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Mars Recalls Select Skittles, Starburst and Life Saver Gummies over Possible Metal Contamination

Mars Recalls Select Skittles, Starburst and Life Saver Gummies over Possible Metal Contamination

The Mars recall includes several varieties of Skittles, Starburst and Life Saver Gummies due to possible metal contamination. Photo courtesy of Mars Wrigley.

Mars Wrigley announced a voluntary recall of various candy products after consumers reported thin metal strands in the candy itself or loose in the bag. The products, which were recalled in the US, include Starburst, Skittles and Life Savers gummies. According to the company, products were manufactured by a third party and subsequently distributed across North America.

Although there have been no known reported illnesses due to the Mars recall, the company advised consumers on what to do if they purchased or consumed the candy products. “Mars Wrigley Confectionery US, LLC will work with retailers to remove recalled products from store shelves,” the company said in a press release. “If consumers believe they have purchased a recalled item, they should dispose of the product and not consume it.”

The Mars recall impacted 13 product stock keeping units (SKUs) ranging from 3.5-ounce to 12-ounce share size bags of gummies. Some of the candy flavors include Life Savers wild berry gummies, along with Starburst gummies sours. The US Food and Drug Administration (FDA) posted the company’s recall announcement, which includes a complete list of products affected by the recall.  


Related: Ferrero Recalls Select Kinder Chocolates Before Easter


Importantly, none of the recalled items are the traditional varieties of Skittles, Starbursts or Life Savers candies. Rather, they are specific packages of the “Gummies” variety of these products. Skittles gummies were the newest addition to the Mars Wrigley family, launching last spring after the new product was announced in November 2020.

The Mars recall follows the voluntary recall of about 60,000 jars of Skippy peanut butter over concerns that a limited number of jars could contain stainless steel fragments from an errant piece of manufacturing equipment last month. It also follows last year’s Coca-Cola recall of some of its beverages due to the presence of metal bolts, washers or other foreign objects.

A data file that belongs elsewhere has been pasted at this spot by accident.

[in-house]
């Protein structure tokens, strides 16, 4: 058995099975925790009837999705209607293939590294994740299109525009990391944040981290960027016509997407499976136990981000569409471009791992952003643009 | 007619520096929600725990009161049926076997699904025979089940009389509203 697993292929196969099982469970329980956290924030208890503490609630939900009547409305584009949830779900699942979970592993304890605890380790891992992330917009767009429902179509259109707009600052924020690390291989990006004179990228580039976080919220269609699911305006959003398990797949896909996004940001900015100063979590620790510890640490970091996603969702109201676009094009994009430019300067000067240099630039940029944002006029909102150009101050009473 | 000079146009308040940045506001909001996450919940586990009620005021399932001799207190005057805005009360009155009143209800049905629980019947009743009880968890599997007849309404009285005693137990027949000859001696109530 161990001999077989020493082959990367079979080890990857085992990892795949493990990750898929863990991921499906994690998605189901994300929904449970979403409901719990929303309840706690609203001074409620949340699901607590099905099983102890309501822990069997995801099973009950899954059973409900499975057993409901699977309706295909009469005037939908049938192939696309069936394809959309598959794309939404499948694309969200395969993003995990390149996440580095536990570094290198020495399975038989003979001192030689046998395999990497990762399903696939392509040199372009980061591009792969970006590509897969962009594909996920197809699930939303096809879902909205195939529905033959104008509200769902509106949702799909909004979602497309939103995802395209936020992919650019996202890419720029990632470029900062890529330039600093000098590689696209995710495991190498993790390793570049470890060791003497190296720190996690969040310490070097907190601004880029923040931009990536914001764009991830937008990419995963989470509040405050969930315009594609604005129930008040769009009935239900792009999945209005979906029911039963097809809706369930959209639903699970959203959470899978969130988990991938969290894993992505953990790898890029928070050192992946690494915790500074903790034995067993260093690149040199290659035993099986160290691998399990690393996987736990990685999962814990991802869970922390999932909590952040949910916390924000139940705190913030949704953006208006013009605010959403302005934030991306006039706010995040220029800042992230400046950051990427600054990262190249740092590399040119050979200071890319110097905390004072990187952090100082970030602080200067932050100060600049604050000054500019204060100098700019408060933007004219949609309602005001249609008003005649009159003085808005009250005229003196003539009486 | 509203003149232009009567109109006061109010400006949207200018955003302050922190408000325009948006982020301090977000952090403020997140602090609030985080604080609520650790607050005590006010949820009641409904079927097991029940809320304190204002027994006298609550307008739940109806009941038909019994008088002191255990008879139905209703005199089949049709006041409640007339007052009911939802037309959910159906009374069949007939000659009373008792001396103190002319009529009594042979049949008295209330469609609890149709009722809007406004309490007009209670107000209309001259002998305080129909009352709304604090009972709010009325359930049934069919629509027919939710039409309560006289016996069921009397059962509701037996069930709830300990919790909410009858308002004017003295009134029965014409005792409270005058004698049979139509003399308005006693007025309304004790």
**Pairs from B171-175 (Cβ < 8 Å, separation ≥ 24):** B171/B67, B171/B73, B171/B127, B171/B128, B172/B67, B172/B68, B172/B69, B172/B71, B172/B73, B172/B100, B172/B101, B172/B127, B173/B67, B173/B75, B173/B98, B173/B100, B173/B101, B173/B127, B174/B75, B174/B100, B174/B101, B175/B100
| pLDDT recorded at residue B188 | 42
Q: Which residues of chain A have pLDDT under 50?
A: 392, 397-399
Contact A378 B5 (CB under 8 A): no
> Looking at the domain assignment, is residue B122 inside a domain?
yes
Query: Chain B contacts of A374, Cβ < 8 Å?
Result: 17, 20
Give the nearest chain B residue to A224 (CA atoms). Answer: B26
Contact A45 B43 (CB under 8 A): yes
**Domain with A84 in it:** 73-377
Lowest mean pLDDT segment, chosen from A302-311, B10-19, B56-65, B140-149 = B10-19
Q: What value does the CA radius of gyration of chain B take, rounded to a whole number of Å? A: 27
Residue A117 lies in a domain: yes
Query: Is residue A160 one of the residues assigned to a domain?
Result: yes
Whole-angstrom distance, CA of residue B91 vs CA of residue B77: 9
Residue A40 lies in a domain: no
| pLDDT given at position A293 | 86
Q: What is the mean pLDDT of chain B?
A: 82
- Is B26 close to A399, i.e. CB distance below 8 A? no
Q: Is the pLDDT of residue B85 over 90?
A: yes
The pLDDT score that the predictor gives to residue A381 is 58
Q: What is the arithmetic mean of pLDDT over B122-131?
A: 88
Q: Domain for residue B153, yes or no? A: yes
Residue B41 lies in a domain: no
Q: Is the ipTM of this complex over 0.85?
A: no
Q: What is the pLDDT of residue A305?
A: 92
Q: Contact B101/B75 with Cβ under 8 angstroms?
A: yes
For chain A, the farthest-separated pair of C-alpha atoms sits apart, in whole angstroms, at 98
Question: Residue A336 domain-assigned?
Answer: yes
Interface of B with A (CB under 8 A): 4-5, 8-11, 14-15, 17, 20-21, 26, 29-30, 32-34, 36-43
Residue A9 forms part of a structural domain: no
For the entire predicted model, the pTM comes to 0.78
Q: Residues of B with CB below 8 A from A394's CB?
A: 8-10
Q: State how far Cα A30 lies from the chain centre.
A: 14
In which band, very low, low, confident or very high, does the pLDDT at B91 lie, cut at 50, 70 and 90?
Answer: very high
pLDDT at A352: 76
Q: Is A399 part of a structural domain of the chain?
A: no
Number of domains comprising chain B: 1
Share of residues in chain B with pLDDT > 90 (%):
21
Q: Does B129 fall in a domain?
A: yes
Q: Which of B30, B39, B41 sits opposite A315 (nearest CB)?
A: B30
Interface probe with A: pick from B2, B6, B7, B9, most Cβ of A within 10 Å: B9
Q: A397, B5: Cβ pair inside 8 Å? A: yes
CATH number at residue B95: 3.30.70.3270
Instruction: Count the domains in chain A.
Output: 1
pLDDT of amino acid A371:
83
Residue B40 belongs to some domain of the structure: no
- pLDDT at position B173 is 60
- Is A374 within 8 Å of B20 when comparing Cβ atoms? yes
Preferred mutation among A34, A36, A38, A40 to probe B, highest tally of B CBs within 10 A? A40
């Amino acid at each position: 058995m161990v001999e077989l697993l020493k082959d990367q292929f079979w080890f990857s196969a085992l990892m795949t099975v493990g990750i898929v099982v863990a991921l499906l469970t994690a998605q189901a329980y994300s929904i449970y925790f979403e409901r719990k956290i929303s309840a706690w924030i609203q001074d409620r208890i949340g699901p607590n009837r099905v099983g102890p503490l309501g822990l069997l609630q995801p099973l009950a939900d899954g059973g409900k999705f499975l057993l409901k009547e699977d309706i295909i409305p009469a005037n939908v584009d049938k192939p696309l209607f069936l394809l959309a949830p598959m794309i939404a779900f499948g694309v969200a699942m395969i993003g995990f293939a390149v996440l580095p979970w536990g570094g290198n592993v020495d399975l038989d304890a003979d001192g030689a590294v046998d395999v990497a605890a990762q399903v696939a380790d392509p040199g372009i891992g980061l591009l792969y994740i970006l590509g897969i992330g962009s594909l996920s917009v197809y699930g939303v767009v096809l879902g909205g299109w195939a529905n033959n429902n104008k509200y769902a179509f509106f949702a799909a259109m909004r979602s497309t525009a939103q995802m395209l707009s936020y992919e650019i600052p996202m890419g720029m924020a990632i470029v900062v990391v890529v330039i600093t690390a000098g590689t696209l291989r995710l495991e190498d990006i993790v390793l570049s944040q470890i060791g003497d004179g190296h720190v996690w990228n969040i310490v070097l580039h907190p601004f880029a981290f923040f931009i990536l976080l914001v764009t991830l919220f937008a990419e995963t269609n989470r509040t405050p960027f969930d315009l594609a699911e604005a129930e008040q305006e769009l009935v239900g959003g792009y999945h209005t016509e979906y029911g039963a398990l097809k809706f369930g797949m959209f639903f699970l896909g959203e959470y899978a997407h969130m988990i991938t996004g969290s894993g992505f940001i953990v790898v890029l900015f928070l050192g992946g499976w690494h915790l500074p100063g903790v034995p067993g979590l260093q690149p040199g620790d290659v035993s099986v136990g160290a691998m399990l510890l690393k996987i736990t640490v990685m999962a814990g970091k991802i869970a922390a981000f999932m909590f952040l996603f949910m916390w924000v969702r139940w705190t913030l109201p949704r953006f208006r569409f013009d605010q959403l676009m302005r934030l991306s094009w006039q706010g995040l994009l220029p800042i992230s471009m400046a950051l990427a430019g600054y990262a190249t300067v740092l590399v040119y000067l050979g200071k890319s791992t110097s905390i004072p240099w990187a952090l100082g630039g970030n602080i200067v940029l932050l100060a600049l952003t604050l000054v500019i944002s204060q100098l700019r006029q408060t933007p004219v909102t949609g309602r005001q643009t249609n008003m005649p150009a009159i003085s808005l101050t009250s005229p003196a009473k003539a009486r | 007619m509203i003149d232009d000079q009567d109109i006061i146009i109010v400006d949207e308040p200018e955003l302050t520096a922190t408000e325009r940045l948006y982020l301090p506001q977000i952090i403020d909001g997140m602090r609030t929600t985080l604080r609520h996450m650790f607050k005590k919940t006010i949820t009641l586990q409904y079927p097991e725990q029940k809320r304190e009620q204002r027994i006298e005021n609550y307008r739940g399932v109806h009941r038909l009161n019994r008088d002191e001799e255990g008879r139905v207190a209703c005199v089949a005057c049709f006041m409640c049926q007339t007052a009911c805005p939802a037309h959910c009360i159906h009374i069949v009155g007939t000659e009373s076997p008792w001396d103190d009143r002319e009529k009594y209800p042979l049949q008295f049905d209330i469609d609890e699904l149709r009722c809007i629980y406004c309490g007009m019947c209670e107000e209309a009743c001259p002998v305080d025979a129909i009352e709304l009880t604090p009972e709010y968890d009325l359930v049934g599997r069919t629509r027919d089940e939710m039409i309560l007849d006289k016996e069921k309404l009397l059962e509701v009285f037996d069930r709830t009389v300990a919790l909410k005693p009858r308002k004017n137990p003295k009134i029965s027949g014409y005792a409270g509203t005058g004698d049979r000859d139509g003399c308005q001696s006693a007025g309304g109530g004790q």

Since metal contamination is a common issue in food production, resulting in expensive recalls and lawsuits, the FDA has implemented metal detection standards to ensure the same principles are followed for all companies. The FDA’s Health Hazard Evaluation Board outlines that metal fragments 0.3 inch to one inch (or 7mm to 25mm) in length are unacceptable if found in any products. And any foreign object less than 0.3 inch (7mm) can cause serious injury to people in special risk groups, such as infants, surgery patients and the elderly. Any foreign objects found in food products will be considered adulterated and therefore unsafe.

So why is metal contamination such a common reason for launching voluntary recalls? Foreign objects, like metals, can enter the food products from metal blades used for cutting, wires from mesh belts used to convey products, washers, nuts and bolts from mixing, cooling and dispensing machines. However, industrial metal detectors can pick up three main types of metals in food: ferrous, non-ferrous and stainless steel.

While ferrous and non-ferrous metals are conductive, they are relatively easy to detect. Stainless steel, on the other hand, is one of the hardest metals to be picked up by sensors. They are neither magnetic nor conductive and when the product is wet or has a high salt content, the detection becomes even harder. While it is unknown which type of metal was detected in the Mars recall, it was likely bypassed by sensors, resulting in consumer complaints.